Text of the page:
07 April 2008

The only Torch in town

The last 48 hours have seen some pretty appalling pictures of police brutality and state-endorsed censorship in London and Paris. As hundreds of protesters attempt to disrupt the passage of the Olympic Torch in both cities, we have seen police remove Tibetan flags and banners along the route, or anything else that would cause offense to the Chinese government, and violently remove the more vocal protesters. The torch itself is flanked on its passage by armed and armored police and Chinese security officials, and preceded by security teams that are doing their utmost to sanitize the route for Chinese television viewers. The question needs to be asked that if the population in a given city does not support the passage of the torch through that city, then what purpose does its passage serve?

The history of the torch relay begins with the Berlin Olympics in 1936. Goebbels conceived of the idea of the flame being passed from Olympia to Berlin as symbolizing the passage of Aryan authority from the ancient Greeks to modern Germans. The relay itself passed through a number of countries both friendly and hostile to Germany, but was used mainly to strengthen ties between Germany and the Germanic population in that country, most notably in Austria where a rally to welcome the arrival of the torch culminated in public calls for Anschluss. The torch relay was filmed and choreographed by Leni Riefenstahl, and served in its entirety to project German power throughout the world.

The parallels with the current Chinese relay are obvious, and national governments are falling over themselves to facilitate China's chest-beating, silencing and assaulting their own citizens in the process.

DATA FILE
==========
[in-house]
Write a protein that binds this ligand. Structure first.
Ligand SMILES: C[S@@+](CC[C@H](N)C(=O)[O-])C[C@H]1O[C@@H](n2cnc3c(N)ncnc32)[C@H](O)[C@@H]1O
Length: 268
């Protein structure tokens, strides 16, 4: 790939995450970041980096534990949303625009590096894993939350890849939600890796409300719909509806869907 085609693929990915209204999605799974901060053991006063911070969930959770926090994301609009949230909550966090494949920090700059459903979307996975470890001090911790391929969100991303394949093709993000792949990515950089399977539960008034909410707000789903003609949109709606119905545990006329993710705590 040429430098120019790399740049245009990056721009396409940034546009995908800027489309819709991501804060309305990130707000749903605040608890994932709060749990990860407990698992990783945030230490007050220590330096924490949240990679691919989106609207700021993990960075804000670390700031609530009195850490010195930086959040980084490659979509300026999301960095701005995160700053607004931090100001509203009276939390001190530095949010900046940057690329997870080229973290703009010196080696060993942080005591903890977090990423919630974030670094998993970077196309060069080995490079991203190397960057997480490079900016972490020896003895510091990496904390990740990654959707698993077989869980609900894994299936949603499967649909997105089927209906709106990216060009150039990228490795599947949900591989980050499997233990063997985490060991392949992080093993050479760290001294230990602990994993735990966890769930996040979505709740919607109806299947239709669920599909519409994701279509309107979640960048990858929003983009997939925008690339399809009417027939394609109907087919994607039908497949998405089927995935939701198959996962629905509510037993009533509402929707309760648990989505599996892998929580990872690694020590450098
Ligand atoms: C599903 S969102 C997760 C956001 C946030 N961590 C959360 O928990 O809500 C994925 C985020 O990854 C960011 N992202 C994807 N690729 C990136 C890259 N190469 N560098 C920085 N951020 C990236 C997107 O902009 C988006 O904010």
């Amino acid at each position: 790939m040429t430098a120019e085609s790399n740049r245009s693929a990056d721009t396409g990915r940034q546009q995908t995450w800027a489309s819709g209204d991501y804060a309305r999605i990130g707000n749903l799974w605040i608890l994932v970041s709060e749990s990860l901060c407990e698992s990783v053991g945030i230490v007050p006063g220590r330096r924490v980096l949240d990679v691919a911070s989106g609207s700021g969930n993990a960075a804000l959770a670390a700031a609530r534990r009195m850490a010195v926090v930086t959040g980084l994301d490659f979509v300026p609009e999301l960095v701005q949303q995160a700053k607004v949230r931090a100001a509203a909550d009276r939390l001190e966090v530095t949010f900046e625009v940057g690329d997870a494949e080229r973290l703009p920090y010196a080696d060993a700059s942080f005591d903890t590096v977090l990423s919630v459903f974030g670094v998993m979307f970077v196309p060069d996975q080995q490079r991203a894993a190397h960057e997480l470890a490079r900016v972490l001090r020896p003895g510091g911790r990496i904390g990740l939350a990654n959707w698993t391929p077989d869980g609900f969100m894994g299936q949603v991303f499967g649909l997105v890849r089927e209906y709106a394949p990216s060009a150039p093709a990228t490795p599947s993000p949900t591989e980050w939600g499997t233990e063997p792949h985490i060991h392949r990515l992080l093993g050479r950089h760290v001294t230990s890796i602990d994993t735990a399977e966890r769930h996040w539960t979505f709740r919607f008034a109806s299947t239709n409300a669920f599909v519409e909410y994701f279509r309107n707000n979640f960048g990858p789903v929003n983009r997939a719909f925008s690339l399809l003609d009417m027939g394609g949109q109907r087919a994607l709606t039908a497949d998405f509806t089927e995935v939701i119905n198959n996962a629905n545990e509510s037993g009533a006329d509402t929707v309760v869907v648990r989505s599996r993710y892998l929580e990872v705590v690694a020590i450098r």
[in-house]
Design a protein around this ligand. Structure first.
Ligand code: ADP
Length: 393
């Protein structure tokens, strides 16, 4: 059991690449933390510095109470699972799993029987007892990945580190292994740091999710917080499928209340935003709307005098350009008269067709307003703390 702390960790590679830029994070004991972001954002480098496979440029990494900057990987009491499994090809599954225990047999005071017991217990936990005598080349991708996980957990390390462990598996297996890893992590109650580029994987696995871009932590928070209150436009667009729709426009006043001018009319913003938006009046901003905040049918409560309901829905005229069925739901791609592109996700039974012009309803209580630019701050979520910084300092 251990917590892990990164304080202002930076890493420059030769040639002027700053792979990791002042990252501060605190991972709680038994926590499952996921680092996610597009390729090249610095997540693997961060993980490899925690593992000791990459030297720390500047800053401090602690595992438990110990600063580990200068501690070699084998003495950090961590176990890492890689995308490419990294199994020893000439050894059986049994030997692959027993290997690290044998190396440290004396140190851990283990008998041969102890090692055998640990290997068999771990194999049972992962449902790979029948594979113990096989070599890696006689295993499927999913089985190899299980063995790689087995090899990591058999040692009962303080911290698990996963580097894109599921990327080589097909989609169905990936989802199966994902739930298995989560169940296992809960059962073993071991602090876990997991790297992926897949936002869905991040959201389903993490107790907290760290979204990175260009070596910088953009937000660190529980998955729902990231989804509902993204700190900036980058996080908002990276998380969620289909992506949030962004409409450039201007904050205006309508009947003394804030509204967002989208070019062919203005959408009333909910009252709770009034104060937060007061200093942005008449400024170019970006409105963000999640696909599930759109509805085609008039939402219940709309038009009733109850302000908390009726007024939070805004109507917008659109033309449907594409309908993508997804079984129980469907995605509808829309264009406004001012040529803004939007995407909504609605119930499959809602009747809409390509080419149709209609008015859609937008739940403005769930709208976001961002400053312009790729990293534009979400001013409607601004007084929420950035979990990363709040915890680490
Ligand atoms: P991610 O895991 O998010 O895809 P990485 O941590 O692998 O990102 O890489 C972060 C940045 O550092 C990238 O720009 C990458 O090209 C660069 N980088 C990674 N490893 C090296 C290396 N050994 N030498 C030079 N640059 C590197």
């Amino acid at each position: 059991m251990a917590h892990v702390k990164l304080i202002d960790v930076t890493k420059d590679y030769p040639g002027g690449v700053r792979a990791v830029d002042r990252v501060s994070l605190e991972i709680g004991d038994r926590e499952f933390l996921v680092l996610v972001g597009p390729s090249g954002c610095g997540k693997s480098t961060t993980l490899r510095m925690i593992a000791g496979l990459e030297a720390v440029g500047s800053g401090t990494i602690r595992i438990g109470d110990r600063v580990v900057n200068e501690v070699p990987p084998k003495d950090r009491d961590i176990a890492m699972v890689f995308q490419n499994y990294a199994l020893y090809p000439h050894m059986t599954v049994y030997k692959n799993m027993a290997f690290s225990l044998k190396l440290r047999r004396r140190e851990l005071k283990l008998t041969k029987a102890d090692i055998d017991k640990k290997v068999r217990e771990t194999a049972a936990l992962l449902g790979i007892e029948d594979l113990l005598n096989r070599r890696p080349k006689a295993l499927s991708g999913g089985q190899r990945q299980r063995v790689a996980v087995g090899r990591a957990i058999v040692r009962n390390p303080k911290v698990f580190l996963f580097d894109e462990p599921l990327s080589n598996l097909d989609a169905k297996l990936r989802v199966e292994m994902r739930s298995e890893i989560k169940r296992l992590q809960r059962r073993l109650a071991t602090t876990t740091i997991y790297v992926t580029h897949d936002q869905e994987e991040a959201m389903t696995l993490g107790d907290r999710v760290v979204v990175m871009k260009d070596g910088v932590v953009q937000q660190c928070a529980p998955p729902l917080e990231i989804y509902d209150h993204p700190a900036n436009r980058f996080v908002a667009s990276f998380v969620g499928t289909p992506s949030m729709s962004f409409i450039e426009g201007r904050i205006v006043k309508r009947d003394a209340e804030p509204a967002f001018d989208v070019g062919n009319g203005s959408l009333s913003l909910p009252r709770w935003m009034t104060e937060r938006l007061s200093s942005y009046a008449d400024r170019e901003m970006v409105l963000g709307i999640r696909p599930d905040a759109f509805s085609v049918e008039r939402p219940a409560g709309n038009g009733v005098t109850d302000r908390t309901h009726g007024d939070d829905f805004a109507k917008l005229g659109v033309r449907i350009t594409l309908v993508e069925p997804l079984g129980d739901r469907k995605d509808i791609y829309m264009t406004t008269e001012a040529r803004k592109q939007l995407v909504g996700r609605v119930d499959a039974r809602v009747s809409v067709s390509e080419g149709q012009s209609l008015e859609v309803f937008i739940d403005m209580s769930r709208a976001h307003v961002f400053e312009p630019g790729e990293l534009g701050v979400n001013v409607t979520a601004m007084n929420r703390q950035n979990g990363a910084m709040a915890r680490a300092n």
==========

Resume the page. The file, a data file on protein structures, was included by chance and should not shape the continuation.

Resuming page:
Why should we in Ireland care? Our neutrality means that we have a long history of separating sport from politics, happily attending both the 1984 LA and 1980 Moscow Olympics, in spite of close allies boycotting both. Pat Hickey, President of the Irish Olympic Council, opposes an Irish boycott, and argues that they don't work. However the point of a protest is not always to achieve victory, more often it is to act on one's conscience in spite of the impossibility of victory.

As it happens Ireland was actually the first country to boycott the Olympic games, 100 years ago at the 1908 London games. The games were originally due to be held in Rome, however the eruption of Mount Vesuvius diverted funds away from the games to help reconstruct the city of Naples. London was selected to host the games at the last minute and Irish athletes, although not officially a team unto themselves, refused to participate as part of the United Kingdom team in protest over the lack of Home Rule for Ireland. While it was highly unlikely that such a boycott would force either the government or public opinion to change, the athletes themselves acted on their conscience and refused to participate.

As the daily news of death and violence in Chinese-occupied Tibet and neighboring provinces grows, and national governments abdicate their responsibility to press for change, it is up to individuals to act on their conscience. I will not be watching the Games in August, and while my action will have no impact at least I know I will not be part of the problem.

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